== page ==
One thing I love about writing on outlets like MuslimMatters is the amount of legit criticism one can get. Since I put the post up I’ve been reading the comments and you have no idea how much it helps to have feedback from all of you. Thanks to everyone for that.
I think I can say that some of my comments were, as I would say, “a bit of a stretch.” I’ve modified them accordingly.
A sister who works at an Islamic school once received a Starbucks gift card from one of her co-workers. Unaware of the issue of boycotting Starbucks, she unknowingly walked into the teachers lounge one morning with a small Mocha in hand. She was then met with an uproar from her fellow Muslim staff. Without kindly explaining anything to her, they yelled at her, told her she wasn’t allowed in the room, that her drink was killing Palestinian babies, and that she didn’t care about Muslims in Palestine.
The sister apologized repeatedly, trying to explain that she didn’t know about the boycott and that she purchased her drink using a gift card. When the angry Muslim staff refused to listen and one of them began to cry, she then threw her nearly full drink away.
We Muslims need to calm down a bit when it comes to this boycott issue. For years we’ve been blindly sending out Emails and messages with collections of links and information on possible connections between certain corporations and the Israeli government and military. However, in the middle of this attempt to support our Palestinian brothers and sisters, we’ve lost our heads over some key important issues.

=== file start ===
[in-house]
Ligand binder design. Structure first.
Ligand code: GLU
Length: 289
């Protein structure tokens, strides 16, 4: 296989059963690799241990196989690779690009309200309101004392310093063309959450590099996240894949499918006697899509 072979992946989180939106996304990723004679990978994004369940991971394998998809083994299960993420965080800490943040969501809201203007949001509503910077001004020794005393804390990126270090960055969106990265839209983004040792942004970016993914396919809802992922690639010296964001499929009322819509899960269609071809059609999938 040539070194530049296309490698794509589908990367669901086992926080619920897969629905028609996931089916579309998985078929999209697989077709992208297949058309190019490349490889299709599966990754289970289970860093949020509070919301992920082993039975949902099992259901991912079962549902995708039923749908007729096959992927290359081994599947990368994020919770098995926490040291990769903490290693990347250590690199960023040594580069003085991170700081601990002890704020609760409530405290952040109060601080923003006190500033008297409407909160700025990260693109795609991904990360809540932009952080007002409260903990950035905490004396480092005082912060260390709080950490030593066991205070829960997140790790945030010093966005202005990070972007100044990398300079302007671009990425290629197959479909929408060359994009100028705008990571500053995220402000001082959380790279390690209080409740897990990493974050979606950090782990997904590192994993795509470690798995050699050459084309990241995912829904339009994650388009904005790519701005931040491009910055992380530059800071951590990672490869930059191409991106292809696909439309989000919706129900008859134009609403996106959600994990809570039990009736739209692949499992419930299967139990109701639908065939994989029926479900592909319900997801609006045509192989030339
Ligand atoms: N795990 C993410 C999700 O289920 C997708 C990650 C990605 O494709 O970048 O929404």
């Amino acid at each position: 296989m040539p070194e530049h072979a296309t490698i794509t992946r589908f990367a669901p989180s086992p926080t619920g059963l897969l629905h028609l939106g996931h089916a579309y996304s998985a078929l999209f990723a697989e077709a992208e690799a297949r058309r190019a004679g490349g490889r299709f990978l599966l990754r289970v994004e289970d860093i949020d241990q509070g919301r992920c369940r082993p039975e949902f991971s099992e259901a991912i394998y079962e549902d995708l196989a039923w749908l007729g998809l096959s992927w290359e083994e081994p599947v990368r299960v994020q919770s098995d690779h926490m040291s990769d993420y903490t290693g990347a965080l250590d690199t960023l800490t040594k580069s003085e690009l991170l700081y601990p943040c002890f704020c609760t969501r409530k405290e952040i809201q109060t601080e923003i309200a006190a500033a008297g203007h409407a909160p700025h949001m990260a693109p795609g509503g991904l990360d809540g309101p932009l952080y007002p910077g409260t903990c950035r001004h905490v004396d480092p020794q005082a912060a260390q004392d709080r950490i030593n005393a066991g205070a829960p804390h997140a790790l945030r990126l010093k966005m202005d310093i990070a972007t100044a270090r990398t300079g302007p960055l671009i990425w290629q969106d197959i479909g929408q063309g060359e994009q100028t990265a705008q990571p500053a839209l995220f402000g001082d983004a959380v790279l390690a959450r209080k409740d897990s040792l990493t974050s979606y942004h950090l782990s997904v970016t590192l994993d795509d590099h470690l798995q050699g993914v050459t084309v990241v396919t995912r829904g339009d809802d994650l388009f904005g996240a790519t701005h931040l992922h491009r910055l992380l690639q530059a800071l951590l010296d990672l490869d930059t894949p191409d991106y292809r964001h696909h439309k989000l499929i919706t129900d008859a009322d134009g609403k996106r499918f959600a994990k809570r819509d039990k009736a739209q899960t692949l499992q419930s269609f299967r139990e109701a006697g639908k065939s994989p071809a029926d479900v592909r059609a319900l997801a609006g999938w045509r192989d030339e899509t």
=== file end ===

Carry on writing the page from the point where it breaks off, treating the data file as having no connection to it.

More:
I’ll Take a Tall Mocha, Light Whip, No Manners
In an age where there is a wide array of information with little means of verification, this boycott issue has become complicated. Maybe the person didn’t know about the issue and was truly unaware, or they are just unsure about the facts.
If you see someone buying products and you feel they shouldn’t be, instead of chastising them, inform them politely and with respect. Losing your cool and having bad akhlāq (manners) will not get you anywhere in your position. The lack of akhlāq in the response of the Muslim teaching staff to the sister showed how we’ve allowed Shaytān to use this issue to his advantage.
The Self-Victimization Tendency of Muslims
Aside from bad manners, we Muslims also have a tendency to practice self-victimization. We’re way too quick to show that we’re being attacked and blame others for our problems, resulting in our tendency to overshoot things at times.
For example, many Muslims sent out and believed Email and text messages claiming that Starbucks and McDonald’s would be donating a week’s worth of revenue to the Israeli government. Not only is that far from impossible, it was embarrassing to know that Muslims believed such a ludicrous notion. Multi-million dollar corporations don’t give up days’ worth of sales revenue towards religious or political causes. They’d get owned by the SEC in a split second, let alone their stockholders. Are we Muslims so insecure about ourselves that we’ll believe anything we hear, or are we just that uneducated?
It seems as if we need a better understanding of the nature of public entities. In the midst of the heightened Israeli oppression in Gaza, corporations under the spotlight of have received increased pressure from boycotters. Here are some responses as recent as a few weeks ago.
Facts about Starbucks in the Middle East
January 16, 2009
Is it true that Starbucks provides financial support to Israel?